Like every crop’s first few harvests, the spinach has been as near perfection as it will ever be.

Greens are especially pretty when they’re young and new. Although harvesting spinach leaf-by-leaf isn’t a terribly comfortable (or ergonomically correct) endeavor,

when there aren’t so many bug-eaten or yellowed leaves to discard along the way, at least our buckets fill quickly and there’s a sense of reward, of positive reinforcement, that comes with the task.

That’s not to say we don’t snip and toss a number of leaves, even at this stage of the game. We most certainly do. This farm is full of some mighty picky pickers who take pride in what ultimately ends up on our market tables. In fact, at the beginning of the life cycle of a crop like spinach, there is so much perfect or barely less than perfect foliage, more than a couple small holes is reason enough to impart harsh judgment upon a leaf and cast it aside like so much rubbish.

Regardless of the overall beauty of the crop, we always leave behind a trail of underachievers.

Trouble is, as the fall season wears on, finding perfect leaves will become more challenging. Like it happens with us all, the twilight years (or in this case, weeks) can sometimes be a little unkind. While the plants keep dutifully pushing out new growth, there’s simply no hiding their real age. They weaken, they lose the wherewithal to fend off insects, and even our last-ditch efforts to pump them up with nutrient-packed foliar sprays don’t do much to prevent the leaves from yellowing in exhaustion.

They work hard during their lifetime. Who can blame them for wanting to retire in peace?

This is why, with fall greens in particular, we almost always plant a second crop. Farmer John seeded spinach into freshly-tilled beds just yesterday, so that once the initial spinach crop becomes a bit too long in the tooth, we’ll have new rows of perfect and barely less than perfect leaves ready to take to market.

Let the old fellers have their rest, play some Canasta, nod off in their rocking chairs. The young whippersnappers will be eager to take over.

Already we’re harvesting from the second succession of arugula (milder than the older arugula was — less crotchety than the seniors, I suppose) and last week the latest planting of tiny Asian greens starts were set into the ground. Not a moment too soon for these spice girls. A few moments too late, actually, as most all the elder Asian ladies have already bid us a final oyasuminasai and zaijian.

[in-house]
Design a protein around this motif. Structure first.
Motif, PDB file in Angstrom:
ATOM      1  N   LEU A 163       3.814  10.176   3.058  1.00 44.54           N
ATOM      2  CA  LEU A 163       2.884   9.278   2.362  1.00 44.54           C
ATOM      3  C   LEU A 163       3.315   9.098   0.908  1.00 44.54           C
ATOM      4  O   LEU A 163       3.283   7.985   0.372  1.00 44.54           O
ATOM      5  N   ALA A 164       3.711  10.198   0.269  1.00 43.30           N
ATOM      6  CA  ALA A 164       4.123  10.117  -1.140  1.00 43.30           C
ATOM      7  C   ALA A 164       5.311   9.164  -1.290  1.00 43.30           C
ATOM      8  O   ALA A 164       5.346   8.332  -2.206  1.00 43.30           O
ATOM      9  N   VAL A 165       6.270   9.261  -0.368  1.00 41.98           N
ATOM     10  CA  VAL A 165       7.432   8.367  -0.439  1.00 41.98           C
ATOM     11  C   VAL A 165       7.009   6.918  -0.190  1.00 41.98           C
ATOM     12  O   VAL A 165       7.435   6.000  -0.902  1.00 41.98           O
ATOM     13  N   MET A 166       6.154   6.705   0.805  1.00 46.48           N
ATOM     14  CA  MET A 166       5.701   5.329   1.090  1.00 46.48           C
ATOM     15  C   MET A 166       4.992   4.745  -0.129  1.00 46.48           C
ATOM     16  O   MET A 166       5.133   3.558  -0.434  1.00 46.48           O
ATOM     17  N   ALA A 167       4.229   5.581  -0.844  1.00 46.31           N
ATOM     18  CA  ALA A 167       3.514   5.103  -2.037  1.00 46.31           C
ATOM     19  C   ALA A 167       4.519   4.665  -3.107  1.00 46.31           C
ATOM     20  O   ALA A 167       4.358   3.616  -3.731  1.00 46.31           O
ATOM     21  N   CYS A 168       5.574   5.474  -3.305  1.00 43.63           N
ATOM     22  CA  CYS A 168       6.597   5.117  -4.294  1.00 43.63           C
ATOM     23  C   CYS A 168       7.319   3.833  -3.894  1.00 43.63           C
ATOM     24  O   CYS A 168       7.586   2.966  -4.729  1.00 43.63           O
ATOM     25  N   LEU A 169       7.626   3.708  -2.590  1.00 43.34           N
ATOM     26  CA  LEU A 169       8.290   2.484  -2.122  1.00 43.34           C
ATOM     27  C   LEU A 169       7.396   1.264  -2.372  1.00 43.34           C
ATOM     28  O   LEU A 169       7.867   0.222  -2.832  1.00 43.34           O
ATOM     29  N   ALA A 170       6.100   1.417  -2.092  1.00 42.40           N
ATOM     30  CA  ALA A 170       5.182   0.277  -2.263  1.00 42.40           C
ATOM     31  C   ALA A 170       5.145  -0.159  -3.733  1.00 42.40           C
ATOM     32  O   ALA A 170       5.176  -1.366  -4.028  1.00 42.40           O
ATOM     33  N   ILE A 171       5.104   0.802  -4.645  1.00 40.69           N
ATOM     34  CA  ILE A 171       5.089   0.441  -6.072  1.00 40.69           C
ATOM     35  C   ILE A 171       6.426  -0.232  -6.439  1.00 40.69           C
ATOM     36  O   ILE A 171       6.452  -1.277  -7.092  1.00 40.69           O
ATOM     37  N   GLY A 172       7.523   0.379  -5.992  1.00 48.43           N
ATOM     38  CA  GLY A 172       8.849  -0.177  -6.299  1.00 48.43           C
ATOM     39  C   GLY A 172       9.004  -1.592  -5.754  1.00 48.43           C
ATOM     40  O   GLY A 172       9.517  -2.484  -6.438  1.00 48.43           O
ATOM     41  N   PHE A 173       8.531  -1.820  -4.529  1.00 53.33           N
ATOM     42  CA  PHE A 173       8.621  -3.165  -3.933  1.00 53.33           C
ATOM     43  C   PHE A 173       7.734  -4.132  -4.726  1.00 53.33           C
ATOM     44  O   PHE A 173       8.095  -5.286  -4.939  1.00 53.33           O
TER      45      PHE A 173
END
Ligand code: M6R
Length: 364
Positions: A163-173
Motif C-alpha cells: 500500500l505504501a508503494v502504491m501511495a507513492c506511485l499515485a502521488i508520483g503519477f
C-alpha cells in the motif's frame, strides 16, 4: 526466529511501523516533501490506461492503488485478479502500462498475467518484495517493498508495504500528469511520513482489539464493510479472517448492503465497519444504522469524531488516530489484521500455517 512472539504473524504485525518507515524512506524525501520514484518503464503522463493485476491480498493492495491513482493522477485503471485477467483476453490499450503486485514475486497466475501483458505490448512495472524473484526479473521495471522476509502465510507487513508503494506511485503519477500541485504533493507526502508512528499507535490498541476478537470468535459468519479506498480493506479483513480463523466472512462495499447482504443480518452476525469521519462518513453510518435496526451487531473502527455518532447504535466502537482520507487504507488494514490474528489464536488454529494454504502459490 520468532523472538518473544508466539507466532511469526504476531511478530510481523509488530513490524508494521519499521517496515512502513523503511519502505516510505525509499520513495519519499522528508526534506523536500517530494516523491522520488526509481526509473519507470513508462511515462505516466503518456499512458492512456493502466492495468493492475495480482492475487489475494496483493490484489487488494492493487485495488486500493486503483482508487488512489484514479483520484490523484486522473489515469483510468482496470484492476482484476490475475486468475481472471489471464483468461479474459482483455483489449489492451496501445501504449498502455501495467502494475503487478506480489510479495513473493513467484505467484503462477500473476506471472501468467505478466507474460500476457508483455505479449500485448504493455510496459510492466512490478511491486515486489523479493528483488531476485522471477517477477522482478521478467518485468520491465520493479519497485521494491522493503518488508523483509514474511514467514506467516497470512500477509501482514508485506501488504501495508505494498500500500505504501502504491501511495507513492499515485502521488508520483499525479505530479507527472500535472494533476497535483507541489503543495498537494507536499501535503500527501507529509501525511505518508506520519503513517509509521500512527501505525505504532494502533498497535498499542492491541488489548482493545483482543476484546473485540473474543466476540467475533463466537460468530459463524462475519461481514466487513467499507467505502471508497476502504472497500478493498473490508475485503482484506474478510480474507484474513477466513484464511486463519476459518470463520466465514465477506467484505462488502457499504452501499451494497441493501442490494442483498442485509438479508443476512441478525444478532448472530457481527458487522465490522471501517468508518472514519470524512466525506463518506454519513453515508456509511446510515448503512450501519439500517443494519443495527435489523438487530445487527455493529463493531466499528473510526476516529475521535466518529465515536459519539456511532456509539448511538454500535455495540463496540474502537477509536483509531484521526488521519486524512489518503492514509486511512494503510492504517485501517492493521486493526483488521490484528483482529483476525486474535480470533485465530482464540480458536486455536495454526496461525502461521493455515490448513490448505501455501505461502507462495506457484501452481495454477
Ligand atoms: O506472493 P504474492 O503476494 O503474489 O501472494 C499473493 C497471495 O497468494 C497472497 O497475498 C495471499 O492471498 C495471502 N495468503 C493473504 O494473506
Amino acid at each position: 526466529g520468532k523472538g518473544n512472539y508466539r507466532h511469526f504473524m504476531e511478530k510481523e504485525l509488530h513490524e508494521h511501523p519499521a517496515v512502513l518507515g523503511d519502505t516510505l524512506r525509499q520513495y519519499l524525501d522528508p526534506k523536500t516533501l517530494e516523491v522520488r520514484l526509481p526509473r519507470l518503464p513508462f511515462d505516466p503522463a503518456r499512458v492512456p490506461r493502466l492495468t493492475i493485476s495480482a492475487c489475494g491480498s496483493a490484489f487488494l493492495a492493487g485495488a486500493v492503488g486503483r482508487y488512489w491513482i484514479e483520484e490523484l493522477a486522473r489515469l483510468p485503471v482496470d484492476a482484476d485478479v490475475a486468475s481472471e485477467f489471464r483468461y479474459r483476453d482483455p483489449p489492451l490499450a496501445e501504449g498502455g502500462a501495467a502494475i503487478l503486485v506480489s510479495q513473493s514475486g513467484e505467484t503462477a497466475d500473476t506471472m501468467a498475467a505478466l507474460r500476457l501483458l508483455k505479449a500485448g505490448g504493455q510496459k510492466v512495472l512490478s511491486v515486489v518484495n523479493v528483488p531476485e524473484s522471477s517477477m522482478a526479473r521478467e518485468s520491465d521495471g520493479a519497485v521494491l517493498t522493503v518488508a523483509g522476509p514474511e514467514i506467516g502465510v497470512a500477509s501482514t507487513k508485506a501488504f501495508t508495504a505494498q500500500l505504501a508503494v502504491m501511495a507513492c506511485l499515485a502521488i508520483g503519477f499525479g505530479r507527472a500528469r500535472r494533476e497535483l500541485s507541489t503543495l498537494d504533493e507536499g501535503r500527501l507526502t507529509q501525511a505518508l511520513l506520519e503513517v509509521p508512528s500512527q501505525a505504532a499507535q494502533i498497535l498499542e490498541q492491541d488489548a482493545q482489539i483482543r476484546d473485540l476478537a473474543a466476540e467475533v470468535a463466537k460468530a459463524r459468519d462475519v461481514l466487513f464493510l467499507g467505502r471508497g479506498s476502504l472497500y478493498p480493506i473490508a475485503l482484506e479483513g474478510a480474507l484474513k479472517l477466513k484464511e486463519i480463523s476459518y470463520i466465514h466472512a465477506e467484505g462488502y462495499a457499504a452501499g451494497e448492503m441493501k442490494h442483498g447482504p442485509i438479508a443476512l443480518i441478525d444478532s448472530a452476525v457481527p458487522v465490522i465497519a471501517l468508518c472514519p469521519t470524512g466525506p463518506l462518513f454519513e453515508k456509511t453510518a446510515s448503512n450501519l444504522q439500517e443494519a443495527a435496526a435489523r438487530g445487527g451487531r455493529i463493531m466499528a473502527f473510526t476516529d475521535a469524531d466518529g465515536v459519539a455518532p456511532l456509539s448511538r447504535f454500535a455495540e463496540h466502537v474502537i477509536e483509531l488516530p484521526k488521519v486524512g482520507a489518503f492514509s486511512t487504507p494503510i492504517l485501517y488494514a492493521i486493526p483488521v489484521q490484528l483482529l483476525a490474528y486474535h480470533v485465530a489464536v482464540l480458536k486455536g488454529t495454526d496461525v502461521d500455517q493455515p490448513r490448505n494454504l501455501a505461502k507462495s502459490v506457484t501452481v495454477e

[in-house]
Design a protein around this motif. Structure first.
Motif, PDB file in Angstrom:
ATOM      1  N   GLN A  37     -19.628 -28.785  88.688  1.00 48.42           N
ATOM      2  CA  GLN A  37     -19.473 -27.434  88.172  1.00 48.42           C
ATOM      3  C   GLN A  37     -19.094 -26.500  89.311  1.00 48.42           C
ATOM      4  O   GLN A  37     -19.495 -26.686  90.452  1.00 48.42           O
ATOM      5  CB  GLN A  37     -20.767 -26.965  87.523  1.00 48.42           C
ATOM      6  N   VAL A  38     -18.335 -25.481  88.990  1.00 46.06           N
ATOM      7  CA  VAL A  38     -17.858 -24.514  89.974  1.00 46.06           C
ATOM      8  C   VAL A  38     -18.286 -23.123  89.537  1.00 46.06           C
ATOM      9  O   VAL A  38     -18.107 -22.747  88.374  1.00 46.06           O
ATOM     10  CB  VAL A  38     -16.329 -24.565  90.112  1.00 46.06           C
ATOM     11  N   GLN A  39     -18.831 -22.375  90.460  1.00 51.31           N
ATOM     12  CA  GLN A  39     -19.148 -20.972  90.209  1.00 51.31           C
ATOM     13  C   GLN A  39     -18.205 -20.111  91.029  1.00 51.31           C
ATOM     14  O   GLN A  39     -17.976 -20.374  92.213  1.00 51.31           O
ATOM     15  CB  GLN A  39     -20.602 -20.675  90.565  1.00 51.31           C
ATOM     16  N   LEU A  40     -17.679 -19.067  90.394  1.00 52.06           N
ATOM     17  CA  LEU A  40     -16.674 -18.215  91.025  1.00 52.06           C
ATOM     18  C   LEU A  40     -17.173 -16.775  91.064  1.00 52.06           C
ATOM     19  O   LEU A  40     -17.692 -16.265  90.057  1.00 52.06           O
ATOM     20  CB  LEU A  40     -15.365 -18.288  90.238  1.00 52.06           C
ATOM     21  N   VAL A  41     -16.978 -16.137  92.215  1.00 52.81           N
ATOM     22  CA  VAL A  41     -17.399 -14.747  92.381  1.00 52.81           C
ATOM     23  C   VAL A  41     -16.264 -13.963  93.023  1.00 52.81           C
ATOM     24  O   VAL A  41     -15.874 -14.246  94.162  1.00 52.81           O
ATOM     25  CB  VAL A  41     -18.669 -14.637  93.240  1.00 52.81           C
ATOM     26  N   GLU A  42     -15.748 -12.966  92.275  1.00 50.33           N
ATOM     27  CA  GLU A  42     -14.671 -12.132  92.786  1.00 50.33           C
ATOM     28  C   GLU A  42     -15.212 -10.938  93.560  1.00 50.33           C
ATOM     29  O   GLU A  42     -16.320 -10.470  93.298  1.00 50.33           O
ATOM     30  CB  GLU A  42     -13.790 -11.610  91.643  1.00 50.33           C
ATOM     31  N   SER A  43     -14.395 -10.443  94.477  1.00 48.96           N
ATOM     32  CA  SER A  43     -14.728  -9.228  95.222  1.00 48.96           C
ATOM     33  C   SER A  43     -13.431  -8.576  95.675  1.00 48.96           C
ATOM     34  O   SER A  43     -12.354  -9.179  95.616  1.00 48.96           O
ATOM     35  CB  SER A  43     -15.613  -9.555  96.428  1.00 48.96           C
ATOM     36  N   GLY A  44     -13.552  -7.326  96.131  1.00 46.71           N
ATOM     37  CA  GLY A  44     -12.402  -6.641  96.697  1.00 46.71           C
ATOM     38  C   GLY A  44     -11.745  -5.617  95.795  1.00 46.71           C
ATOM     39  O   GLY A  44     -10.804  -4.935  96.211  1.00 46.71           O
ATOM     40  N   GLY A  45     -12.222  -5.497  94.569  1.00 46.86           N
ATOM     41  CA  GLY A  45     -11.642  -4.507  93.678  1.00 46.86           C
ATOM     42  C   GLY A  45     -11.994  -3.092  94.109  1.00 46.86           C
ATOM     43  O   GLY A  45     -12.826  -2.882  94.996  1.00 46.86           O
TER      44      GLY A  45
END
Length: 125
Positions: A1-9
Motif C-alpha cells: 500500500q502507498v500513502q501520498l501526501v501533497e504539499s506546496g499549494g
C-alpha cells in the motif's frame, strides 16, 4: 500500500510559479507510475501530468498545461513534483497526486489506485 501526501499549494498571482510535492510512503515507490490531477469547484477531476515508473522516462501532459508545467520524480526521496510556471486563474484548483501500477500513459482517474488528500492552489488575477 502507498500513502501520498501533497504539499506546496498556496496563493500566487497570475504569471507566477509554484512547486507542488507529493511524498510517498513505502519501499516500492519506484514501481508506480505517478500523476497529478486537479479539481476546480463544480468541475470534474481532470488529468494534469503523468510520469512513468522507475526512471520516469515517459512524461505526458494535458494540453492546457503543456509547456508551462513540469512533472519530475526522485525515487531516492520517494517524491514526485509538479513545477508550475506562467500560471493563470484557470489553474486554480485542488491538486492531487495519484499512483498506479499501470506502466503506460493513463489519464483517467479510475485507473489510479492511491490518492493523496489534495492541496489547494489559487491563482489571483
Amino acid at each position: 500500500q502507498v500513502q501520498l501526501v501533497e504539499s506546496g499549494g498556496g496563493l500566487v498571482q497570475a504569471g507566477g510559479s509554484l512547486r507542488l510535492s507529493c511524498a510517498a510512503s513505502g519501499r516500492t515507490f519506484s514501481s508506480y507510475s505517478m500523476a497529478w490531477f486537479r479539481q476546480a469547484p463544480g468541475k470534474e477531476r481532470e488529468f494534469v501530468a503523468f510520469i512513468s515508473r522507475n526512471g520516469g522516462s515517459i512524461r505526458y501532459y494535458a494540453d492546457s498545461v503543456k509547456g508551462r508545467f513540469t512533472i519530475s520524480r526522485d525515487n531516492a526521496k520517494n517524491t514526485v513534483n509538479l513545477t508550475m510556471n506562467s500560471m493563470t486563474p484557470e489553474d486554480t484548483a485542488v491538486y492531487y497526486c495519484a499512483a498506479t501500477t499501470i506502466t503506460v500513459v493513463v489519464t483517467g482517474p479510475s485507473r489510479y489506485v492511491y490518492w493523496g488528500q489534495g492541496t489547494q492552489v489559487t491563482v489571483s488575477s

We planted the second round of chard a while back. Since chard is one of the earliest of the fall season greens crops, it’s only logical to set out its replacement before any of the other younger generation of greens see the light of day. There isn’t much logic to this year, though (as I believe everyone can attest) and our chard has chosen an unexpectedly agreeable way to prove it.

As planned, the chard in the newest beds is beautiful and ready for harvest.

So in theory, as well as in past experience, the old chard at the other end of the farm should be signing up with AARP right about now, all set for those senior hotel discounts and Early Bird Specials at the diner.

But no. We can almost hear them exclaim “Not so fast, girlie!” and insist that Mary continue to fill basket after basket of their stunningly youthful-looking leaves a day prior to each market. Can you tell the difference between the new chard plants, pictured above, and these older ones?

We wouldn’t be able to either, were it not for the fact that the beds are in totally different locations. It’s the farm’s version of the Fountain of Youth, I’ll tell ya. Ponce de Leon would have been thrilled.

Or perhaps it’s more The Picture of Dorian Gray, only with a happy ending (and, um, with chard): neither the real subject nor the image in the portrait grows older.

If only we could all be so lucky. I’ll tell you one thing for sure — I’m planning to keep my eye on this chard, to try to figure out its anti-aging secret. As soon as I do, I’ll let you know.

* * *

Despite last week’s freeze (and thanks to Farmer John’s heroics a la row covers) we have oodles for market this week. On Wednesday we’ll be bringing:

The first heads of broccoli; spinach (of course!); beautiful lettuce mix; Euro salad mix; Purple and Golden beets; “bunching” green onions; pink and purple radishes; Napa cabbage; heads of ‘Tendersweet’ cabbage; Brussels greens; Fountain-of-Youth chard; summer squash — zucchini, Zephyr, yellow squash and Cousa; bags of arugula; green and white bell peppers rescued before the freeze; green tomatoes; and the first bunches of kohlrabi.

Jo Dwyer
Angel Valley Organic Farm
Farm stands:
Saturdays 9:00-1:00 in Jonestown on FM 1431 at the blinking yellow light; and
Wednesdays 10:00-2:00 in NW Austin at the Asian American Center, 11713 Jollyville Road (1-1/2 blocks north of the intersection of Jollyville and Duval)